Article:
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Title Computer system for creating and playing location aware games

Publication number US20070087828 A1

The wording of this patent application: US20070087828 leads me to believe that any location aware game would be doing what it claims, such as Global Outbreak or even Geocaching. Is this the case or am I interpreting this patent too broadly?

The first independent claim of US20070087828:

  1. Computer system for creating and playing location aware games comprising:

    • computing device with display;
    • plurality of virtual effects having size and interaction rules;
    • a user interface to permit a user to select and view a gameboard based off of an inputted location and assign virtual effects to locations within the gameboard;
    • a storage means for storing said gameboard and said plurality of virtual effects;
    • a second user interface to permit a user to view said gameboard and said plurality of virtual effects while playing a game;
    • a controller to control the location of one or more virtual effects during game play based on input from at least one of the following: a computer mouse, a screen stylus and a location receiver;
    • a timing device used by the controller to establish cadence of play.
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The scope of this patent application actually covers (at least) ALL computer games. While the independent claims mention "location aware games" in their category, no corresponding features are found in the claims themselves. Claim 1 only recites moving "virtual effects" to "locations" on the GAMEBOARD using, among other things, a mouse. In effect, this is anticipated by every video game known. The same appears to be true for the other independent claims.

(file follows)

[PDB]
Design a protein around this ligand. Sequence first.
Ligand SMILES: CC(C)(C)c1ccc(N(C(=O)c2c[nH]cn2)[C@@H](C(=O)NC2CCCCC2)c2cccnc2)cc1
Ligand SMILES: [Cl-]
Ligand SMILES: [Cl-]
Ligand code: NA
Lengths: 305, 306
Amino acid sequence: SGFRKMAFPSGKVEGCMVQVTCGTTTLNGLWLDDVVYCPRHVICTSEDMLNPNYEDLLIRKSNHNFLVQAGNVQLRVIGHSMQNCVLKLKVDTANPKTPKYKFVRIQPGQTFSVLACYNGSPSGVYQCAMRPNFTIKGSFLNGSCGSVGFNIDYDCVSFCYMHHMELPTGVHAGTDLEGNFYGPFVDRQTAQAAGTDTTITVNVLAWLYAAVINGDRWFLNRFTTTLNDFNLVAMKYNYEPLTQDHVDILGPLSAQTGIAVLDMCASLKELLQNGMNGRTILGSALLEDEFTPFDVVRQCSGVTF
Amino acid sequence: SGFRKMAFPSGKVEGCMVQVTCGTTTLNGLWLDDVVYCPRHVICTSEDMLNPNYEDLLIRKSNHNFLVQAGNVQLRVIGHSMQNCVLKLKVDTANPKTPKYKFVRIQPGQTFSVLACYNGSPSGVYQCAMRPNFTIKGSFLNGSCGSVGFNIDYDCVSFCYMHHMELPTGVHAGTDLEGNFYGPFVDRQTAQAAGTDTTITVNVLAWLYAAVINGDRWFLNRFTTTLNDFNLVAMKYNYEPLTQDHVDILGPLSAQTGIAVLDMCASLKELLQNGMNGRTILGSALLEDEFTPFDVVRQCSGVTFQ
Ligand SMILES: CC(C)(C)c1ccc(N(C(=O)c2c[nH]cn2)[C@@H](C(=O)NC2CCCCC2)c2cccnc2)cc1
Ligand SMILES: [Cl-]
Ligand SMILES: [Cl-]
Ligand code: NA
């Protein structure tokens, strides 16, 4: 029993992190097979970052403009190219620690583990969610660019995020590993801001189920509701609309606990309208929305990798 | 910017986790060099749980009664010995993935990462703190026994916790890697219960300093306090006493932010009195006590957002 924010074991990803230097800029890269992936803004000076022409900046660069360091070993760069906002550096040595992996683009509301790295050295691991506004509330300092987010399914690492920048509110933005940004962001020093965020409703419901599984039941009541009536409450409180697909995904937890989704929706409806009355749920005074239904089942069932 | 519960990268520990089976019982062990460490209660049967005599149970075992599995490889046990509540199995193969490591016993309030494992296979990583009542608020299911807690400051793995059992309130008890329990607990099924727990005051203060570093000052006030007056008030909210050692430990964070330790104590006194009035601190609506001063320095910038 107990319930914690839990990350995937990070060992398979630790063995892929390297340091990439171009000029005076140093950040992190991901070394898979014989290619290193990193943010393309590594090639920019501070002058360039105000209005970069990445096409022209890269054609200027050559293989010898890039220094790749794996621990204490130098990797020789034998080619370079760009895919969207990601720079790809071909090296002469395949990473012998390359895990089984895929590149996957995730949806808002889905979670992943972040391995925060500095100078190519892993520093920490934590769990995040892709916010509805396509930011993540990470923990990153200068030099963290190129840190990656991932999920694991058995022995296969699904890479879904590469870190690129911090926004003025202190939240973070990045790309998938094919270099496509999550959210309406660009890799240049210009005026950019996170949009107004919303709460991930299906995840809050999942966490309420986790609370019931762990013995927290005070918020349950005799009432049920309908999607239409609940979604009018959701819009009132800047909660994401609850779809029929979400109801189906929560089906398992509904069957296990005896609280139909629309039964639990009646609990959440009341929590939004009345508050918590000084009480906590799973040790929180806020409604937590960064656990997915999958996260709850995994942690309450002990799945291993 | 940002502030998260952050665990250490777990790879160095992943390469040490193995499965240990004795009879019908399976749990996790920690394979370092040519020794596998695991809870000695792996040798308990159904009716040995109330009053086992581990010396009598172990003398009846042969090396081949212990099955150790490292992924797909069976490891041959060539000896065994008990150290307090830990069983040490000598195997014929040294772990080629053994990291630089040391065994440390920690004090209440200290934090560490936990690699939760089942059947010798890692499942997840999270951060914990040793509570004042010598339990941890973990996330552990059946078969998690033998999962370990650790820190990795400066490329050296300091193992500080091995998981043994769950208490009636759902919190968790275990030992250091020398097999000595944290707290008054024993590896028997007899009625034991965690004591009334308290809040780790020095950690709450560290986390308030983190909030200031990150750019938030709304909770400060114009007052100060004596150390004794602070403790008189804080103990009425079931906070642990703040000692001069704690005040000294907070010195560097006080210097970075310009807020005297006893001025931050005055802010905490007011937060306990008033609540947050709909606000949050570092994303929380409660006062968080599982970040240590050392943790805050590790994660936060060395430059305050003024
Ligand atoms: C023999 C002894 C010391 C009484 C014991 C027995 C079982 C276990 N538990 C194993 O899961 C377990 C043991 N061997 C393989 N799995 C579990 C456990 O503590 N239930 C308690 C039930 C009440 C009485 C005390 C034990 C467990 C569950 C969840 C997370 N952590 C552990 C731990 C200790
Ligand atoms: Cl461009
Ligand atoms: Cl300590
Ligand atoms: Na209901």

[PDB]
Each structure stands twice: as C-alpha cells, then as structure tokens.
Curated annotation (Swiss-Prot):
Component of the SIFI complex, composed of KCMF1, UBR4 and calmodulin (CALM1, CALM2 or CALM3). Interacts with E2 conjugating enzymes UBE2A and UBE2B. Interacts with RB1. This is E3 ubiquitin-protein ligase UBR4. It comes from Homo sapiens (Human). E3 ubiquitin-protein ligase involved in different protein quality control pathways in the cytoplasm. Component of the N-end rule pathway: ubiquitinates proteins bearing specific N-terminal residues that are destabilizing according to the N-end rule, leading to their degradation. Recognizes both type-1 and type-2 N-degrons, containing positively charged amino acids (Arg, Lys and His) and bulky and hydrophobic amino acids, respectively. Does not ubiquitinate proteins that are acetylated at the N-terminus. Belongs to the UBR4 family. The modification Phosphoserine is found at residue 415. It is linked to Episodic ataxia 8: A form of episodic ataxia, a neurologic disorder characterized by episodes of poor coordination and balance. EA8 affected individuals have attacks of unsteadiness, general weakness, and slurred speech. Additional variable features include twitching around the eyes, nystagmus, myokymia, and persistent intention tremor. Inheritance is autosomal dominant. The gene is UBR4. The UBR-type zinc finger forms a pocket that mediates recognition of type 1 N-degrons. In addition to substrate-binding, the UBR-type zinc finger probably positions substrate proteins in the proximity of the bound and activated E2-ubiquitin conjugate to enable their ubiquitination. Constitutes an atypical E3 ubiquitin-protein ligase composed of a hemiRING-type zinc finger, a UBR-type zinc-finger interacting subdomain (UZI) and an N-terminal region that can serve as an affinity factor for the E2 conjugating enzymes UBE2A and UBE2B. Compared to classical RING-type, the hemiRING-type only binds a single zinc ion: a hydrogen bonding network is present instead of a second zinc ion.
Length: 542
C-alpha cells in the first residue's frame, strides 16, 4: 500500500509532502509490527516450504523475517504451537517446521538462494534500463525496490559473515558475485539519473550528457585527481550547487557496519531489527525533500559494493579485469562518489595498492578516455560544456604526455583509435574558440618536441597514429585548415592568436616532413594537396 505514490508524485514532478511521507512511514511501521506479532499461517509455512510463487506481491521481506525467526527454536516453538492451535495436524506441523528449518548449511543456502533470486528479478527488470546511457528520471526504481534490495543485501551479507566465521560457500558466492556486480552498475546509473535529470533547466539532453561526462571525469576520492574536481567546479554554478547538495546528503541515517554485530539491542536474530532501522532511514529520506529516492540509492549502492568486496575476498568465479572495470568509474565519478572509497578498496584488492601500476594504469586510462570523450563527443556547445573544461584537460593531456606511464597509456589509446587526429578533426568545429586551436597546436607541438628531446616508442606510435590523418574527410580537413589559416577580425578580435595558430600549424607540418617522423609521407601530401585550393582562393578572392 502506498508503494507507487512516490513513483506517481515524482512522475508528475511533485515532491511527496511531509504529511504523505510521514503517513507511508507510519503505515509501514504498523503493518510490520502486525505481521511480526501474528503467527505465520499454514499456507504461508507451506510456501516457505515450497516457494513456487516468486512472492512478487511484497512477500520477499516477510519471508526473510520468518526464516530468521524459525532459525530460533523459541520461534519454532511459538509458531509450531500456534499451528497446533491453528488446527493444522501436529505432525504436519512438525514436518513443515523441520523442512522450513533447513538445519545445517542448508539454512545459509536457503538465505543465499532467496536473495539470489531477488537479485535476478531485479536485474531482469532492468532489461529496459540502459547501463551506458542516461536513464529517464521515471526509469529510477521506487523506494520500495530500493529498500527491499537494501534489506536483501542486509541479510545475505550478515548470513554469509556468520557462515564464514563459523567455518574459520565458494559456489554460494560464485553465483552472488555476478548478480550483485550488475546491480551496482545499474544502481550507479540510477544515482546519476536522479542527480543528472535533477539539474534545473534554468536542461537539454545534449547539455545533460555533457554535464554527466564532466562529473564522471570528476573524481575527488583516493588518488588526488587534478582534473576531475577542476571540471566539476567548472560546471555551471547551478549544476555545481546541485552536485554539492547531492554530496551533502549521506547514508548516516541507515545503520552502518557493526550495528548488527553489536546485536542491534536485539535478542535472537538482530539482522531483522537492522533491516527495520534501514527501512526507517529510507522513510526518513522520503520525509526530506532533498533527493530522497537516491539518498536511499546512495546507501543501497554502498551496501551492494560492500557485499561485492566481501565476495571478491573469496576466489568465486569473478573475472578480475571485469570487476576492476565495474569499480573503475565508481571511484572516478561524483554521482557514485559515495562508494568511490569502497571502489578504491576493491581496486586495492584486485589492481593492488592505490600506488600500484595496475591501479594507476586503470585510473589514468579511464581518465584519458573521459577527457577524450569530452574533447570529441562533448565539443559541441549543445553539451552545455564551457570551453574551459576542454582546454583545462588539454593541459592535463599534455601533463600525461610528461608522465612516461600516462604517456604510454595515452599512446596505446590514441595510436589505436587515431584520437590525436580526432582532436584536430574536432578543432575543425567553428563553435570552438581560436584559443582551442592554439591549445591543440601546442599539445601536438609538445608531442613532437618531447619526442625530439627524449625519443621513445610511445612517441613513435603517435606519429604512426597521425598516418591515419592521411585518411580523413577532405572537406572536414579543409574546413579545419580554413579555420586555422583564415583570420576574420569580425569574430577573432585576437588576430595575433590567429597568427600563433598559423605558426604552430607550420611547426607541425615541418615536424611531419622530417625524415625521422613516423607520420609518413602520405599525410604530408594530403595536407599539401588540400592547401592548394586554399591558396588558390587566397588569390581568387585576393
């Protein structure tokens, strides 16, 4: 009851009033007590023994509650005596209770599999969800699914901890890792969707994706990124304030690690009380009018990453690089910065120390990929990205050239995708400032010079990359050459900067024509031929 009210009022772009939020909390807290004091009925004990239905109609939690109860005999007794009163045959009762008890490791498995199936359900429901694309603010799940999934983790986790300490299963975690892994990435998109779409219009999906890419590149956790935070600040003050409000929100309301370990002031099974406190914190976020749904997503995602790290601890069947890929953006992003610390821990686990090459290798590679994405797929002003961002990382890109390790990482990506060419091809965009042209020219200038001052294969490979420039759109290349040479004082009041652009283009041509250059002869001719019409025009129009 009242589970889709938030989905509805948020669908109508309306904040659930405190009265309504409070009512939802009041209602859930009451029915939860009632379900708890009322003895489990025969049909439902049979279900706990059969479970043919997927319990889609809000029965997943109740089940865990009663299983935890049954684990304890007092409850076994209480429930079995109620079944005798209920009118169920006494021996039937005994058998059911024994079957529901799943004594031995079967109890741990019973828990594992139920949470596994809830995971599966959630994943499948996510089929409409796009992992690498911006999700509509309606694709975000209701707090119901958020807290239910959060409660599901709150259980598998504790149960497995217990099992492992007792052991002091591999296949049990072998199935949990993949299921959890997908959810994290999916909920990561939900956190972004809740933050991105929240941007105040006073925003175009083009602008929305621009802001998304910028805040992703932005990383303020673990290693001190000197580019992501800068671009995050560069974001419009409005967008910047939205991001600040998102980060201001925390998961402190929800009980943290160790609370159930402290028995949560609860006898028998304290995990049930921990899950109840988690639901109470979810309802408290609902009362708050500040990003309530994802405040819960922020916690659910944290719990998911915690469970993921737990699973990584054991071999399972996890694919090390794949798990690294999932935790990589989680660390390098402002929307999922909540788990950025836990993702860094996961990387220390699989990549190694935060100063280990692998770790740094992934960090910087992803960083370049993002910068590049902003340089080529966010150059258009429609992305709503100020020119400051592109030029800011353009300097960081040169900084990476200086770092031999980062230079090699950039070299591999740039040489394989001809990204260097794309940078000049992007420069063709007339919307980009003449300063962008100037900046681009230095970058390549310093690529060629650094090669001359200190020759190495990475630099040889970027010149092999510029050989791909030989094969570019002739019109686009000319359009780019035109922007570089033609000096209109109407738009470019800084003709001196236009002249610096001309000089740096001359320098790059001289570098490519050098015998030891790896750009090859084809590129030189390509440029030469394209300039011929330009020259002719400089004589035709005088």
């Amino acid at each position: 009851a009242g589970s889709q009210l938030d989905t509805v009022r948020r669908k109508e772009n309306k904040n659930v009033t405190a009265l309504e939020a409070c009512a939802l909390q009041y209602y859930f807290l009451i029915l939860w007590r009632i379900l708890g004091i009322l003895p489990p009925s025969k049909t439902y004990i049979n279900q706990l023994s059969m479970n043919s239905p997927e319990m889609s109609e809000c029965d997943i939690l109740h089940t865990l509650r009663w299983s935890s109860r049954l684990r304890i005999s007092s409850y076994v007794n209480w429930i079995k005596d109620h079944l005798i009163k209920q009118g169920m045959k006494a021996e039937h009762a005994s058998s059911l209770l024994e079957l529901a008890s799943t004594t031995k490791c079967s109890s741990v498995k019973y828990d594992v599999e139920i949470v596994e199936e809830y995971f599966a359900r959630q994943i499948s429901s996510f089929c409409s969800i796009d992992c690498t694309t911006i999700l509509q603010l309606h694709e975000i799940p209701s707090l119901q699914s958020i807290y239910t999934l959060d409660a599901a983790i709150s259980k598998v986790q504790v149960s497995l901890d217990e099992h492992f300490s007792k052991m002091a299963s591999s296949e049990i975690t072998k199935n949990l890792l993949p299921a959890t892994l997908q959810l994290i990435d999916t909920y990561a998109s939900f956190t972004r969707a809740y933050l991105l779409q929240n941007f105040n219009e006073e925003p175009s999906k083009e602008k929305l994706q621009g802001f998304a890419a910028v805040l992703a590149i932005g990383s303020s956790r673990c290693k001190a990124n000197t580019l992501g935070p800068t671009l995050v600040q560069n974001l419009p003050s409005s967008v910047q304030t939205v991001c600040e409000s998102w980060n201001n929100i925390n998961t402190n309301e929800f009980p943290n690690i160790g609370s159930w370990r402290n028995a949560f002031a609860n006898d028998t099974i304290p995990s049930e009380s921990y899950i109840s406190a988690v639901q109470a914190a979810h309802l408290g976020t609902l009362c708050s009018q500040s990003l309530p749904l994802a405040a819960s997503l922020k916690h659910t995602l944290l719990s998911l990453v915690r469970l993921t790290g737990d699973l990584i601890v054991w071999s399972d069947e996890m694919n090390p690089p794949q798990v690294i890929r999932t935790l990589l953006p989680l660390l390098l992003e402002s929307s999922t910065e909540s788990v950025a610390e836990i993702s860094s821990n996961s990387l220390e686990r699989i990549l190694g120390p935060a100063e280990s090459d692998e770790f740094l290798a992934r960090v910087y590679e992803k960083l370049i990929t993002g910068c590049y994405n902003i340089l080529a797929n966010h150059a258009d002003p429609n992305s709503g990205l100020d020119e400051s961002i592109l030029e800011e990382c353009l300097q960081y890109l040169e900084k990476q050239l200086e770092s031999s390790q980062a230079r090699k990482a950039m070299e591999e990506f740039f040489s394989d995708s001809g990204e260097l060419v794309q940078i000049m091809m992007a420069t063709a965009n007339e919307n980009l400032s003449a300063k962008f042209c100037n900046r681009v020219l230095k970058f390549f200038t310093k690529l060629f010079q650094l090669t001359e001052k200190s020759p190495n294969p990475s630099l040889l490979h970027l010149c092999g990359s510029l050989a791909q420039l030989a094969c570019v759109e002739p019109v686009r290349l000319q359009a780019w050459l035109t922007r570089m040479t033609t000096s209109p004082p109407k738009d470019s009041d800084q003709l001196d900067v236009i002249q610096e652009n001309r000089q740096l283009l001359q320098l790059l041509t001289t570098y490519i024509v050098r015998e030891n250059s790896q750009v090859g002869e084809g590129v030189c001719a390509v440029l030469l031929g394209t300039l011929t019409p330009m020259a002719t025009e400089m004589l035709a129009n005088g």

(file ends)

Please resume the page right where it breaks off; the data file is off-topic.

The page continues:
No patent has been granted, BTW. USPTO PAIR states "Abandoned -- Failure to Respond to an Office Action".

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  • Ah, should've checked PAIR first. It seemed like a rather broad patent that had the potential to ruin a lot of games. Glad it was never granted. – Michael Celey Jul 7 '13 at 23:46
  • To be pedantic, the independent claims -- although vague about what "location" means in different contexts -- are specific in that they require a second user being able to view the gameplay. Also, the requirement of timing to establish a "cadence of play" probably means non-real time and turn-based games are not covered. – kinkfisher Jul 13 '13 at 8:28
  • I beg to differ. No "second user" is claimed, only a "user interface" and a "second user interface". Both these are viewed by "a user". This may well be the same user in both cases. No effective limitation can be recognized. "Timing device [establishing] cadence of play" has no well-defined meaning in the art and lacks a further definition in the claim. The fact that you have to speculate about its meaning by stating "probably means non-real time" illustrates this. No limitation can be recognized beyond the fact that there is SOME concept of "time" in the game, as in virtually every game. – Dr. Stephen Falken Jul 14 '13 at 17:42

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